The research conducted so far has mainly focused on the effects of the type and substitution rate of recycled aggregate on the permeability and mechanical properties of pervious concrete (Sriravindrarajah et al. 2012; Güneyisi et al. 2016; Zhang et al. 2017). However, pervious concrete is often applied to transportation engineering, which is usually subjected to fatigue load (Li and Yu 2014; Mannan et al. 2015). Arora and Singh (2016) investigated the flexural fatigue performance of concrete beams made with 100% coarse recycled concrete aggregates (RCA), which were also compared with that of concrete made with 100% coarse natural aggregates (NA). Xiao et al. (2013) conducted the uniaxial compression tests to calculate and analyze the residual strain variation, the fatigue strain variation and the fatigue modulus of recycled aggregate concrete. Thomas et al. (2014b) carried out the research to obtain the fatigue limit of recycled aggregate concrete with different aggregated replacements and water/cement ratios. Recycled aggregate concretes produced with partial and total coarse aggregate replacement and control concretes with different water/cement ratios have been cast to study the material’s behavior in response to repeated compressive loads using the Locati method by Thomas et al. (2014a, b). Heeralal et al. (2009) studied the influences of the different replacements of recycled aggregate in natural aggregate, presence of steel fiber and different stress levels on the flexural fatigue behavior of steel fiber reinforced recycled aggregate concrete. But there is very limited research undertaken in regard with the fatigue performance of previous concrete with recycled aggregate. Therefore, it is of great importance to study the fatigue mechanical properties of pervious concrete.

In this study, four-point cyclic bending loading tests for natural aggregate pervious concrete (NAPC) and recycled aggregate pervious concrete (RAPC) were carried out under four different stress levels. Area of hysteresis loop, damping ratio, dynamic elastic modulus, and cyclic strain of NAPC and RAPC under fatigue loading were investigated and compared. Meanwhile, the elasto-plastic and fracture (EPF) model (Maekawa and Okamura 1983) was improved to establish the relationship between the fracture parameters, the plastic strain and the unloading strain. And then the static stress–strain models of the pervious concrete can be obtained. Through the experimental data analysis and fitting, the relationship curves between the loading cycles and the ratio of plastic strain to unloading strain of pervious concrete were obtained under different stress levels. On this basis, the simplified fatigue model of pervious concrete under bending cyclic loading was proposed to evaluate the variations of mechanical properties and predict the fatigue life of pervious concrete specimens at different stress levels. The prediction results of the model are well fitted with the test results.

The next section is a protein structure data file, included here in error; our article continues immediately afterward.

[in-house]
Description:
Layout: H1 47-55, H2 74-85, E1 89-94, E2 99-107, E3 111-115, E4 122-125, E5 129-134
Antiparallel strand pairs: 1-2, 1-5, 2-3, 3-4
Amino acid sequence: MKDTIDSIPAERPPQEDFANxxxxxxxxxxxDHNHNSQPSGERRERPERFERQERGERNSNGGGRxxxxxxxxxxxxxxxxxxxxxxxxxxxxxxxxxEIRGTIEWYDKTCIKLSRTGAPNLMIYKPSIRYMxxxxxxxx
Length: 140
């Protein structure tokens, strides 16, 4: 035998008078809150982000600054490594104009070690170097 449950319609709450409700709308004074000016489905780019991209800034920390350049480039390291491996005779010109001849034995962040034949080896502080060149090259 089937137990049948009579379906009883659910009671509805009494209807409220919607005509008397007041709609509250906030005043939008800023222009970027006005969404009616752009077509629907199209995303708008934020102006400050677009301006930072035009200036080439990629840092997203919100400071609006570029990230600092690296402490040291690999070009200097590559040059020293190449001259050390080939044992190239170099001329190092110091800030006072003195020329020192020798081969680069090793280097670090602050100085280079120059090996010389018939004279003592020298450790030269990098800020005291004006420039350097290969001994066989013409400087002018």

2 Experimental Work

2.1 Materials and Mix Proportions

The ordinary Portland cement with grade 42.5 was used as the cementitious materials for the pervious concrete specimens. The natural aggregate was basalt with a maximum particle size of 15 mm, as shown in Fig. 1a. The recycled aggregates with the size of 10–15 mm were obtained by crushing and sifting the abandoned concrete blocks as shown in Fig. 1b. The main physical properties of natural and recycled aggregates are given in Table 1. The additive is a mixture of polycarboxylic acid superplasticizer and granulated blast furnace slag. Water was the tap water from laboratory. The mix proportions of pervious concrete made with two different aggregates are shown in Table 2. The dimensions of the specimens are 100 mm × 100 mm × 400 mm.
Fig. 1

Aggregates: a natural aggregates and b recycled aggregates.

Table 1

Main physical properties of natural and recycled aggregates.

Type

Density (kg/m3)

Water absorption (%)

Crushing value (%)

Natural aggregate

2752

1.12

4.00

Recycled aggregate

2633

3.25

13.42

Table 2

Mix proportions for pervious concrete (kg/m3).

 

Cement

Water

Aggregate

Additive

w/c

NAPC

368

110

1425

23.4

0.30

RAPC

368

110

1363

23.4

0.30

1.0 kg = 2.2046 lb; 1.0 m = 3.281 ft.

2.2 Molding and Curing of Specimen

In order to mix the materials evenly, the first step was to add the cement, additive and aggregates, weighed according to the mix proportion, to the mixer and stirred for 25 s. Then 50% of the total water was added with stirred for 35 s to make the mixture reach a uniform wet state. Finally, the remaining water and admixture were added together and the time of stirring in the final stage was about 120 s.